I headed off to COP27 on Nov. 9 with a general acknowledgment of why I thought it was so important to go and share the Canadian innovation story. I was honoured to be part of the official Canadian Delegation and I did not take the opportunity lightly.
I had three main objectives:
- To better understand global sentiments and trends to ensure that Protein Industries Canada investments are aligned;
- To help communicate how Canadian agriculture and food processing is employing innovation to address both mitigation and adaptation to climate change; and
- To gain insight into whether proposed solutions aimed at global GHG emission reductions for the sector are prescriptive and/or regulatory in nature.
COP27 was a great experience for this prairie farm kid; I heard from global leaders firsthand about the impacts of climate change on their agriculture industries and what solutions they propose. And I was able to share the Canadian agriculture story and what we are doing to address the issues facing the sector.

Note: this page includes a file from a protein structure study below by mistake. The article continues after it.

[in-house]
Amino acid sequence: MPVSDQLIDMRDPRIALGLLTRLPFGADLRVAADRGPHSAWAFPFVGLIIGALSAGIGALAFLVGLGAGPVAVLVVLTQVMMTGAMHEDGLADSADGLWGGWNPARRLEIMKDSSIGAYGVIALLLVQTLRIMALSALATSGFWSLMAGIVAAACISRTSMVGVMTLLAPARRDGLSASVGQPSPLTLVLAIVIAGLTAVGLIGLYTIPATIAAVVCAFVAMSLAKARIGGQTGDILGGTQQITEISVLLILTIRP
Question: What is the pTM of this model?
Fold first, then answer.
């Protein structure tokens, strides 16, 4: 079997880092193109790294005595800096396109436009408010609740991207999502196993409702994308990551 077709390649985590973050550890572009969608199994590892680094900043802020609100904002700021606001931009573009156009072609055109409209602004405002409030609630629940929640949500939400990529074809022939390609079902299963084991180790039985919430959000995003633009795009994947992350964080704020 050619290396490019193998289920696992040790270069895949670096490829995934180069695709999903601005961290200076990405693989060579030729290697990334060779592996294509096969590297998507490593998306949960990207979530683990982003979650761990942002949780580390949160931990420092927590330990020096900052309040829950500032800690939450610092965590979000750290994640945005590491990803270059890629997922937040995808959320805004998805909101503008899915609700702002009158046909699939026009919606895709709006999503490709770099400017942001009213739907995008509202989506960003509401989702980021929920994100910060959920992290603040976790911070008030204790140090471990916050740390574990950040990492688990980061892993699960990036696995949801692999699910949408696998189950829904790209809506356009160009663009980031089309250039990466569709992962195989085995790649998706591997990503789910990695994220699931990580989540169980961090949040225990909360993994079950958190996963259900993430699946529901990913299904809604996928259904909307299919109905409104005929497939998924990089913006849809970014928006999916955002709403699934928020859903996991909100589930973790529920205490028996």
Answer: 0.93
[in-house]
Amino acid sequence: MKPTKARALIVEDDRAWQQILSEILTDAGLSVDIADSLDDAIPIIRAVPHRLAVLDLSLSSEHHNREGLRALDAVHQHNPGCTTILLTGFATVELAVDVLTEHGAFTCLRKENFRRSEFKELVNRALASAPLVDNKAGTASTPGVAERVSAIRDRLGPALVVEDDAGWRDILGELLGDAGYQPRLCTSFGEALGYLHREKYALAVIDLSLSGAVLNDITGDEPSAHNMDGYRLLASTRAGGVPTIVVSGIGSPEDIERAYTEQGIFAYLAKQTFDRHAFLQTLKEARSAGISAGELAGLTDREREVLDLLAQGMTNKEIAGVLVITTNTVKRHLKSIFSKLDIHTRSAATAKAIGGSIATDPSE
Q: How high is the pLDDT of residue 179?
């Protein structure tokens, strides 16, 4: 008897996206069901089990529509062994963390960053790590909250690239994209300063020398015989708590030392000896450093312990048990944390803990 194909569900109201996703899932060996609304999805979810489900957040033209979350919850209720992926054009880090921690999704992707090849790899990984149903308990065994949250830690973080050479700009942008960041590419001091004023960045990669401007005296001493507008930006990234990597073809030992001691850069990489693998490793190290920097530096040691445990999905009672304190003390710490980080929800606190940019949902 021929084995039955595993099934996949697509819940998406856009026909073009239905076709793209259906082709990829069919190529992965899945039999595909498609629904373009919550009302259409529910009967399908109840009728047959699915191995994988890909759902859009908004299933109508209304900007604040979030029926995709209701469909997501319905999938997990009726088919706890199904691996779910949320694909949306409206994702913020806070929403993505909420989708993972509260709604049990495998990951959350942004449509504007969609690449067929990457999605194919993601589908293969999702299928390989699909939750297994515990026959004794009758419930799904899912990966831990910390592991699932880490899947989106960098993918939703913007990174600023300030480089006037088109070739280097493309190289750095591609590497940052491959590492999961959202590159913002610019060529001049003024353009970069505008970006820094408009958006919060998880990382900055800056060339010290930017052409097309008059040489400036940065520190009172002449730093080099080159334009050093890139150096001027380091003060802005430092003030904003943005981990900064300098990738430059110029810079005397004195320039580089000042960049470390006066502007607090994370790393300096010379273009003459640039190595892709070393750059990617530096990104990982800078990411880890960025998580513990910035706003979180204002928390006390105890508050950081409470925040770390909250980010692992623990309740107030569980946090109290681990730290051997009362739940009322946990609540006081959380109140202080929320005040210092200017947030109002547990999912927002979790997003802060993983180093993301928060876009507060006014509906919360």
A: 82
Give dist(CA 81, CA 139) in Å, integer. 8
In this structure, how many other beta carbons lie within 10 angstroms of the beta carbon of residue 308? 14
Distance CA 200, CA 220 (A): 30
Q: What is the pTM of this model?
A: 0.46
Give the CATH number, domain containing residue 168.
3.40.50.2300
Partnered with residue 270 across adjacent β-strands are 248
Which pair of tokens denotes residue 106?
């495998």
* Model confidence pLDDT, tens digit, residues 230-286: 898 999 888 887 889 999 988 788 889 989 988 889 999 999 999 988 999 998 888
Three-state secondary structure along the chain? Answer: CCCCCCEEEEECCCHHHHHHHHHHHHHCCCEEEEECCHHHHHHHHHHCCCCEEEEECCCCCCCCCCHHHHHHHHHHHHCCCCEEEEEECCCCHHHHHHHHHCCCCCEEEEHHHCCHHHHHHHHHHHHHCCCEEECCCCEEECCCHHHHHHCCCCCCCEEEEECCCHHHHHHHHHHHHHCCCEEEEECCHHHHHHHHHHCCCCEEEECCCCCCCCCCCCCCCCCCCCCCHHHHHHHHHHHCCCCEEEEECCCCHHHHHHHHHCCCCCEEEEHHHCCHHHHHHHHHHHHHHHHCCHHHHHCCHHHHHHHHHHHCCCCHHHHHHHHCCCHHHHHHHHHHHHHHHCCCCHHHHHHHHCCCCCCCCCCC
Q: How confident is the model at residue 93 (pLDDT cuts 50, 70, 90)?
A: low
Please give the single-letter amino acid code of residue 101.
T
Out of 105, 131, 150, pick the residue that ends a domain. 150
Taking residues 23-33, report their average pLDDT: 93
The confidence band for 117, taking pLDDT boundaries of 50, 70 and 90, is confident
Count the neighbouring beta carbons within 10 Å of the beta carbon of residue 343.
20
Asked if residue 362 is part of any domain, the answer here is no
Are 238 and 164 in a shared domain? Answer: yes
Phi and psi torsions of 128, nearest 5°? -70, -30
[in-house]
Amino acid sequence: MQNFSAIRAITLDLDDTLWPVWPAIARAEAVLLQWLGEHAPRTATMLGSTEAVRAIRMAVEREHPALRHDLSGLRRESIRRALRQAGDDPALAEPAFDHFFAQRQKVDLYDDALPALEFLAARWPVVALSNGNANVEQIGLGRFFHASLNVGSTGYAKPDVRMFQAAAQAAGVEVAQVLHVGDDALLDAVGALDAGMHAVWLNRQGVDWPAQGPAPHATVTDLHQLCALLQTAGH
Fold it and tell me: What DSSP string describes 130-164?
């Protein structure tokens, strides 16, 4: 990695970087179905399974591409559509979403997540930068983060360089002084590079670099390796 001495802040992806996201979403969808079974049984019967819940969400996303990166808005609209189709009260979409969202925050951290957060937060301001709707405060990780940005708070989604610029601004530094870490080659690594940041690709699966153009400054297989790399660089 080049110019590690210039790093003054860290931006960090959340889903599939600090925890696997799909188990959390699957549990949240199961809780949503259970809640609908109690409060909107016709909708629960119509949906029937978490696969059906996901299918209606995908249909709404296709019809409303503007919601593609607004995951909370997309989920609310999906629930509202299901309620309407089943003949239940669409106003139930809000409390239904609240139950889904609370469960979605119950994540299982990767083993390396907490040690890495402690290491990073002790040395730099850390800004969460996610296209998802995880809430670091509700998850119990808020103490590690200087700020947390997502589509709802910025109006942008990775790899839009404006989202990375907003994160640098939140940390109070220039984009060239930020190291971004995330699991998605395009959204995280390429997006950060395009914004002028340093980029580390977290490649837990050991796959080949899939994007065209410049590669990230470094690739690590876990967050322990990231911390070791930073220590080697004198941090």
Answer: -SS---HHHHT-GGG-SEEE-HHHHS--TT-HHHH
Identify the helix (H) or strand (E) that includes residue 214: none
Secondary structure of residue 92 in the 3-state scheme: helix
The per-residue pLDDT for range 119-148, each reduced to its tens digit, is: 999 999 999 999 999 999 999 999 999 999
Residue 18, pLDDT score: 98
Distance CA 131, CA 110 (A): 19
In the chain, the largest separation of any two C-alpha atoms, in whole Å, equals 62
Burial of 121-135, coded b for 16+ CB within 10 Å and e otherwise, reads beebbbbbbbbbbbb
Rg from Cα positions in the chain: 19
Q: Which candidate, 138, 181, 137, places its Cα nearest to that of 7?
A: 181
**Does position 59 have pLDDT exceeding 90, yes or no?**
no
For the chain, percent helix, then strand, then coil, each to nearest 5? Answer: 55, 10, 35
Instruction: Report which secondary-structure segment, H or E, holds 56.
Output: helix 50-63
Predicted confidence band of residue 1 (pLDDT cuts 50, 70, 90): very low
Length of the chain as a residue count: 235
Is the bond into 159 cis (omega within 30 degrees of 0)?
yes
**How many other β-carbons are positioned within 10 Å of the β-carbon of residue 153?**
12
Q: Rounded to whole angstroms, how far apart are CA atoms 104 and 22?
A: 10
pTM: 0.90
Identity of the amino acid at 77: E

Here are my reflections… I hope you find them useful.
There is a looming food systems crisis
I think it is easy for those of us in Canada to be dismissive of the short-lived food supply chain issues experienced in the early days of Covid — when we all got into making sourdough bread and couldn’t buy flour. I think it is quite another matter to get grounded in the food security issues facing much of the developing world and those being affected by climate change and the war in Ukraine. For folks not well versed in the term “food system”, at its simplest, it is the process or steps we go through to grow, process, distribute, retail, market, consume and dispose of the food we eat. Disruption in any one of these areas can result in food not arriving at its intended target. On top of food system challenges, developing nations are facing cost inflation while, at the same time, increased hunger and malnutrition.
Understandably at COP, there was a lot of talk about the need to “redesign global food systems” with solutions related to tighter supply chains and larger investment in local food production for developing nations. For Canada, as a major supplier of calories to both the developed and developing world, we need to be at the forefront of discussions to help guide the conversation in a way that balances greater need for food sovereignty with better integration of food supply chains. Canada offers an abundance of supply, a stable geopolitical environment and a well-developed transportation infrastructure.